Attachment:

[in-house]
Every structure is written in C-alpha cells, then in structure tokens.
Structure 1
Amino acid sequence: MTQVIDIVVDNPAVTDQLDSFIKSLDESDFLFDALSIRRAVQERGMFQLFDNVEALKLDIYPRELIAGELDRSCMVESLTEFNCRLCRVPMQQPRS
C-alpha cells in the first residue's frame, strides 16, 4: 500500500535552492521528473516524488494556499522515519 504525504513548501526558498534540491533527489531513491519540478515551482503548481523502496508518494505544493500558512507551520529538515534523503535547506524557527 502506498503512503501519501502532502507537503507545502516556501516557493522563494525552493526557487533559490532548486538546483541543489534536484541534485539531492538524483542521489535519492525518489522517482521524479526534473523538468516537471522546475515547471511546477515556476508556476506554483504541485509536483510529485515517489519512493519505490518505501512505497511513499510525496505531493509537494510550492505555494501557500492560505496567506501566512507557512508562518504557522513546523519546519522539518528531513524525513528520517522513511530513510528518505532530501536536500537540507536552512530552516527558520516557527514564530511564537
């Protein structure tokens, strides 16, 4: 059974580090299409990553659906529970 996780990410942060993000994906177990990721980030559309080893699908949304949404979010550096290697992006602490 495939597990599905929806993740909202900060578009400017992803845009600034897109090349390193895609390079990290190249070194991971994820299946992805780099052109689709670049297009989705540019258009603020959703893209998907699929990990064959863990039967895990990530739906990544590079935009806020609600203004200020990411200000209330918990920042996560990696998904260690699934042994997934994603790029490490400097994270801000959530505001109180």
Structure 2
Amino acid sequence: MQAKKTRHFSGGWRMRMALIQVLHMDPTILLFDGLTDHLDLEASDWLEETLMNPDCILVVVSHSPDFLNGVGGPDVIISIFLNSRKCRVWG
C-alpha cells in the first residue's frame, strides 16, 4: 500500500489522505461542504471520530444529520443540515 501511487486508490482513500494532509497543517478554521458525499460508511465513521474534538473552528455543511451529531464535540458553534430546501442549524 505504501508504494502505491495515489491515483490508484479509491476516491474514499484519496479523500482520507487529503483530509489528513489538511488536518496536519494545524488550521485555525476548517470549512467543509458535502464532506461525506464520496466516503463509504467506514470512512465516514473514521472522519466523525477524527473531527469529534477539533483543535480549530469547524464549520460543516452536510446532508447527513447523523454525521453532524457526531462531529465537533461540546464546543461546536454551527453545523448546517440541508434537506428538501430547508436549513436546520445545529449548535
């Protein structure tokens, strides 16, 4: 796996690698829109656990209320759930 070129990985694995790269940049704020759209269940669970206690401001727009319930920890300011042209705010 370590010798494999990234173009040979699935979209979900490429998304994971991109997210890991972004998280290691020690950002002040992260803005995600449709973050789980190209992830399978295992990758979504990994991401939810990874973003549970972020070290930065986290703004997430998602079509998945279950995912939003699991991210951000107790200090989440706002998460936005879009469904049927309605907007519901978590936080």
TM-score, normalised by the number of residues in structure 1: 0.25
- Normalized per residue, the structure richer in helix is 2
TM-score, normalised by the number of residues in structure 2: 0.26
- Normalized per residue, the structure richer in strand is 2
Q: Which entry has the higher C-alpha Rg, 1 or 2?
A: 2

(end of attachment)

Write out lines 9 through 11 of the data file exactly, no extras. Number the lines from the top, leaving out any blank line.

C-alpha cells in the first residue's frame, strides 16, 4: 500500500489522505461542504471520530444529520443540515 501511487486508490482513500494532509497543517478554521458525499460508511465513521474534538473552528455543511451529531464535540458553534430546501442549524 505504501508504494502505491495515489491515483490508484479509491476516491474514499484519496479523500482520507487529503483530509489528513489538511488536518496536519494545524488550521485555525476548517470549512467543509458535502464532506461525506464520496466516503463509504467506514470512512465516514473514521472522519466523525477524527473531527469529534477539533483543535480549530469547524464549520460543516452536510446532508447527513447523523454525521453532524457526531462531529465537533461540546464546543461546536454551527453545523448546517440541508434537506428538501430547508436549513436546520445545529449548535
């Protein structure tokens, strides 16, 4: 796996690698829109656990209320759930 070129990985694995790269940049704020759209269940669970206690401001727009319930920890300011042209705010 370590010798494999990234173009040979699935979209979900490429998304994971991109997210890991972004998280290691020690950002002040992260803005995600449709973050789980190209992830399978295992990758979504990994991401939810990874973003549970972020070290930065986290703004997430998602079509998945279950995912939003699991991210951000107790200090989440706002998460936005879009469904049927309605907007519901978590936080």
TM-score, normalised by the number of residues in structure 1: 0.25